On August 7th, 2006, my daughter and I returned home from a 2,880 kilometer swim of the Danube River. I swam, she guided me with a kayak. The swim was for social/environmental care-taking and symbolic of the ten countries along the Danube working together to make the swim successful just as we can work internationally to be successful as social/environmental stewards of the earth. The depth of human compassion and kindness we experienced from Donaueschingen, Germany to Sulina, Romania was extraordinary. The support of Rotary International, WWF, the Bulgarian River Police, the Romanian River Police and thousands of individuals along the river was an incredible statement of social and environmental care-taking. The success of the swim is a concrete example of what people can accomplish when we support each other. The most often asked question is, “How did you do it?” My reply is that “I” did not; we did, all of the previously mentioned people and more. Many people left an imprint on my soul that carried me to the Black Sea and will stay with me forever.
There were hundreds of pictures taken of our journey down the Danube River, but one particularly summarizes our relationships with the people along the way. Taken our first morning in Romania, it is of Kelsey and Viorel sitting at a small table outside his home. Twelve hours prior, we did not know him. Now, after an evening of food, conversation and a comfortable night’s sleep on his sofa, we are at his table with a breakfast of warm goat’s milk, homemade goat cheese, eggs from his chickens and Turkish coffee.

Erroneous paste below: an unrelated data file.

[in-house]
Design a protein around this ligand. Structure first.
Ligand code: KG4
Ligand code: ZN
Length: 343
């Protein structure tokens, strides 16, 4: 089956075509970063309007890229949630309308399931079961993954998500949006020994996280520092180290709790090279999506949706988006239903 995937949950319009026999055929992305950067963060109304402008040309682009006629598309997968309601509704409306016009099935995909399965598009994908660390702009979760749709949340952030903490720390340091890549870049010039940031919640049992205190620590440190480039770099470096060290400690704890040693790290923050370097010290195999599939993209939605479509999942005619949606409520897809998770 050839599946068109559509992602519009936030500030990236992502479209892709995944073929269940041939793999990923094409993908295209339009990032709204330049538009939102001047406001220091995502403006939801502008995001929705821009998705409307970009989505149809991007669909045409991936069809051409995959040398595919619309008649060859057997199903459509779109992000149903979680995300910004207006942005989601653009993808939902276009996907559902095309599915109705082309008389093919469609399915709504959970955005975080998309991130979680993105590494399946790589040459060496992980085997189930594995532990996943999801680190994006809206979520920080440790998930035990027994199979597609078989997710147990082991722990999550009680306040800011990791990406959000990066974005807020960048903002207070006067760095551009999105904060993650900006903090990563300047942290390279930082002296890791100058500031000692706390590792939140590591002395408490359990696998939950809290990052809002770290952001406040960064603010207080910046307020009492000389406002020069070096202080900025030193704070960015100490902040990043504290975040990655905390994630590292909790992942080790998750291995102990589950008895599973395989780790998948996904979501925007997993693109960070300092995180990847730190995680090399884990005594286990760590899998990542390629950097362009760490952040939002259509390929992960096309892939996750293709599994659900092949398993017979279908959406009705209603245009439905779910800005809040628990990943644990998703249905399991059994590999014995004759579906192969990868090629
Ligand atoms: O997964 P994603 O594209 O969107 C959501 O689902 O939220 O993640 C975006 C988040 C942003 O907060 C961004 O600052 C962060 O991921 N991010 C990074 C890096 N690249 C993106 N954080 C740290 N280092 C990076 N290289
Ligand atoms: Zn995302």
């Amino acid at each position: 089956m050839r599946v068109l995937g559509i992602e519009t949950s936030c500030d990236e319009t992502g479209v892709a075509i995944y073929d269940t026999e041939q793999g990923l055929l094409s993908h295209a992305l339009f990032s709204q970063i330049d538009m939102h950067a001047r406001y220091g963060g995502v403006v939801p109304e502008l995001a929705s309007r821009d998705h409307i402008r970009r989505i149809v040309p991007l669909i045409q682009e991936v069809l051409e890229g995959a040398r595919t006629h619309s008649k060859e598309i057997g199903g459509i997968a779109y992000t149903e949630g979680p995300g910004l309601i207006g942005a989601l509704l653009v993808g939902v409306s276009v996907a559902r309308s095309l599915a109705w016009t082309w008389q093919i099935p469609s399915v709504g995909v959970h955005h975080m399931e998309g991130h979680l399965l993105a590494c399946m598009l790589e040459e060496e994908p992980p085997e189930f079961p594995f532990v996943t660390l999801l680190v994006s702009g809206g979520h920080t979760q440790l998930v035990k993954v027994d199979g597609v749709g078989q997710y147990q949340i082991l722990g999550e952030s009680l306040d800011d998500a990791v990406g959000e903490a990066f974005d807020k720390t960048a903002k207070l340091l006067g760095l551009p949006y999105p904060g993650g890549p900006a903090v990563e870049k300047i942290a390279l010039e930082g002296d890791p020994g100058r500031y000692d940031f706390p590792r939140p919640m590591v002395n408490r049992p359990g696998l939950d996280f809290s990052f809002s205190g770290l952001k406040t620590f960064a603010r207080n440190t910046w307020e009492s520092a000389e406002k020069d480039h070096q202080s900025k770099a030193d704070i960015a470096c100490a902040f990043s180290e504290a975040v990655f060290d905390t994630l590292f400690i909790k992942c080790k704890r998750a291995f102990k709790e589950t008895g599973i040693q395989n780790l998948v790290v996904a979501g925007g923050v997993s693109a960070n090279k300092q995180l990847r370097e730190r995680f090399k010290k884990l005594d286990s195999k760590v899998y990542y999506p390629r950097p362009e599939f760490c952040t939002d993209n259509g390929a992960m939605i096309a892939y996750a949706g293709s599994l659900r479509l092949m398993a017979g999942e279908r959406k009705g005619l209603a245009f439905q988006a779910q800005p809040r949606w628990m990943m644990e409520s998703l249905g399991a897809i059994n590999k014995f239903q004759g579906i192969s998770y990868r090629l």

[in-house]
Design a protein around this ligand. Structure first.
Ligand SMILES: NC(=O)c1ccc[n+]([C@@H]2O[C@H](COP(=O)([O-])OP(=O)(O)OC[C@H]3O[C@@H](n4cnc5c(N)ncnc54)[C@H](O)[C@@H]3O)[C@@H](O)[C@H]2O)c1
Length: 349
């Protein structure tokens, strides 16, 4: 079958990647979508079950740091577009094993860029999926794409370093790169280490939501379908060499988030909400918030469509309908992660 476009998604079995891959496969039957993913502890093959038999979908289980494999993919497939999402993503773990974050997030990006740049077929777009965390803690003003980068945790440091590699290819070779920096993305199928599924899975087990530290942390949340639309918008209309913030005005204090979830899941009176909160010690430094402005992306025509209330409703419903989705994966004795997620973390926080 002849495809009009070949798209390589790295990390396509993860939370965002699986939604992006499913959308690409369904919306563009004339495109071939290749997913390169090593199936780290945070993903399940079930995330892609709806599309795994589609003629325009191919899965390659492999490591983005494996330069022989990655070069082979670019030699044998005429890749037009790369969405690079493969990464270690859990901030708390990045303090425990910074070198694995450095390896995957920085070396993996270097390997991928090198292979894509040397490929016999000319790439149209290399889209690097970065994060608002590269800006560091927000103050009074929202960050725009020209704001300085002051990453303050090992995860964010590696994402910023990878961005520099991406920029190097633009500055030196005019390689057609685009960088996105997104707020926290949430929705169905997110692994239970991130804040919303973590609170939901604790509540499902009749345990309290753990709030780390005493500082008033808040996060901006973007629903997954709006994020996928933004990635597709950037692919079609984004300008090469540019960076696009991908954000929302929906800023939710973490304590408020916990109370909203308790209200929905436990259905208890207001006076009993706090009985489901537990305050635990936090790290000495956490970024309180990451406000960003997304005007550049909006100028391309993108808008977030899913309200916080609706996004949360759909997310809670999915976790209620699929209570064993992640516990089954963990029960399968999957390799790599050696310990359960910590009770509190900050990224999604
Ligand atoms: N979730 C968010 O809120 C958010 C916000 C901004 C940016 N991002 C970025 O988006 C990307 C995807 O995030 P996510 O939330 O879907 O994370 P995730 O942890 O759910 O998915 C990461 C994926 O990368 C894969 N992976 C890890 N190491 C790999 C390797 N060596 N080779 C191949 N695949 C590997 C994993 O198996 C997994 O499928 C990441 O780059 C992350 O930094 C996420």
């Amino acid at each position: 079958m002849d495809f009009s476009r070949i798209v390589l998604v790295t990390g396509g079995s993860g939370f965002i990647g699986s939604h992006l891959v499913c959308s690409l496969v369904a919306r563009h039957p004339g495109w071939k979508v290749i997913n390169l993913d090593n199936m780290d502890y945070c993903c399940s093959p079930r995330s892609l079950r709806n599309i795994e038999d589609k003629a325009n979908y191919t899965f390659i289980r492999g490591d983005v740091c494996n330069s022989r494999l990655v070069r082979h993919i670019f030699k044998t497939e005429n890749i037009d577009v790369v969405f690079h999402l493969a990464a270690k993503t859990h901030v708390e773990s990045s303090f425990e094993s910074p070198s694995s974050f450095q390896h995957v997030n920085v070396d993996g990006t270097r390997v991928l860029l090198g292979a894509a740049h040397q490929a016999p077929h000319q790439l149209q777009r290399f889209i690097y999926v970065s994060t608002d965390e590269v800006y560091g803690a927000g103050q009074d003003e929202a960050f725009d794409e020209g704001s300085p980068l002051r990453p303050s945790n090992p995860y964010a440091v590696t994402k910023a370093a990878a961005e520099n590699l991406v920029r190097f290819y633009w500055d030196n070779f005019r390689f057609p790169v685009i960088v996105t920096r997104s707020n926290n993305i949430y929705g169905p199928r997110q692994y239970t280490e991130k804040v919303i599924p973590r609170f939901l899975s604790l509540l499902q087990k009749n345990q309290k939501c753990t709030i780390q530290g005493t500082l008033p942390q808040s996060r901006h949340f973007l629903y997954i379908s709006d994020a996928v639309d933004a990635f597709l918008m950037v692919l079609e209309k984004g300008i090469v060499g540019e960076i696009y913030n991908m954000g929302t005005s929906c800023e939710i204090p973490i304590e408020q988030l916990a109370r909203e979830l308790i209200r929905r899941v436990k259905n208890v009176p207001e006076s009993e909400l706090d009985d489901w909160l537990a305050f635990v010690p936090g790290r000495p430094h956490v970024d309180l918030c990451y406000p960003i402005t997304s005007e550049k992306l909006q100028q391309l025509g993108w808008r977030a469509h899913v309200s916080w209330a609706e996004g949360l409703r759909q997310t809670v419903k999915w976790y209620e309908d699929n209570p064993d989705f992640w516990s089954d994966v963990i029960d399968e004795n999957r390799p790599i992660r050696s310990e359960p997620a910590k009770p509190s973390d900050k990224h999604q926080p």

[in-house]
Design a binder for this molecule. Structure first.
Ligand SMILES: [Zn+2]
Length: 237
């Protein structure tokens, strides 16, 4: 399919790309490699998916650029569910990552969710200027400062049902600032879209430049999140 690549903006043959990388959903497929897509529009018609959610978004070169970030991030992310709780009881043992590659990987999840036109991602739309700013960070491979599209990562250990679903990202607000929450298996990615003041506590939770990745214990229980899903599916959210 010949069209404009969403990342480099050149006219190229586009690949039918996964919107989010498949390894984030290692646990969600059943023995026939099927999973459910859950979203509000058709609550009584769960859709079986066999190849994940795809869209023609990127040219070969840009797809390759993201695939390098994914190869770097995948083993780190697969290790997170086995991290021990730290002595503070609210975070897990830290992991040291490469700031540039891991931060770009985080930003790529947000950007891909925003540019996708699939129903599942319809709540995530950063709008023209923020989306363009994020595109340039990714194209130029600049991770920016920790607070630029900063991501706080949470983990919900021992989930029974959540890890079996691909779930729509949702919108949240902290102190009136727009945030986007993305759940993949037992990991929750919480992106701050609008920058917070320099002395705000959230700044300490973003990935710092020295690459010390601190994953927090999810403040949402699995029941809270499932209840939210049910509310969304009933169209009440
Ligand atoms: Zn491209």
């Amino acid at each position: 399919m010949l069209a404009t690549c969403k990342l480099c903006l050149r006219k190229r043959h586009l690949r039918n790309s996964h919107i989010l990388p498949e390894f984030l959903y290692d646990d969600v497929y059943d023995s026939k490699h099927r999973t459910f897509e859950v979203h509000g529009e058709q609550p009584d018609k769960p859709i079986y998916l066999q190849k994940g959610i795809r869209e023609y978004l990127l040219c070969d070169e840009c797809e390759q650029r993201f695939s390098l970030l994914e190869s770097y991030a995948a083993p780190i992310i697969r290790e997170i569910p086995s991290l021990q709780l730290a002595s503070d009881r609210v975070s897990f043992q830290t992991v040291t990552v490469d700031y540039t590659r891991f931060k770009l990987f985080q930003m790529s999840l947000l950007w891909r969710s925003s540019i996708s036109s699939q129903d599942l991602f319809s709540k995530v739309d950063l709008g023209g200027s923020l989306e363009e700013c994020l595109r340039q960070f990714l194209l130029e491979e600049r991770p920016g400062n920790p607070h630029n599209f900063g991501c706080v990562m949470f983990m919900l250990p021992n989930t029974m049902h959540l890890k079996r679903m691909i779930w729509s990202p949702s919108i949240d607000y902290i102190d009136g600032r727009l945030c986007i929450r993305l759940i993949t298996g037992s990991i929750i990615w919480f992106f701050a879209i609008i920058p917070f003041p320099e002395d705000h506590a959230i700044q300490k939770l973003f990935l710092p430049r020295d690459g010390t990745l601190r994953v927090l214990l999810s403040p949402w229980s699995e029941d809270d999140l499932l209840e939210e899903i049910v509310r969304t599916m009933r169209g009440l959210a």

Viorel has none of the amenities we possess in the U.S. and other developed countries, but he receives the consequences of global warming and the backlash of other environmental issues. He could have left us to fend for ourselves along the Danube’s muddy, post-flood shores, but he did not. Like the prodigal son, he took us in and generously shared what he had to offer, as shown in the picture. I love this picture because what stands out the most is the laughter. Kelsey knows no Romanian, Viorel no English, but they are laughing. The most marvelous act of laughter, the universal language, is that it heals the body and the soul. This picture reassures me that people really do want a peaceful, healthy planet, regardless of what governments, religious zealots or a small group of greedy business people portray.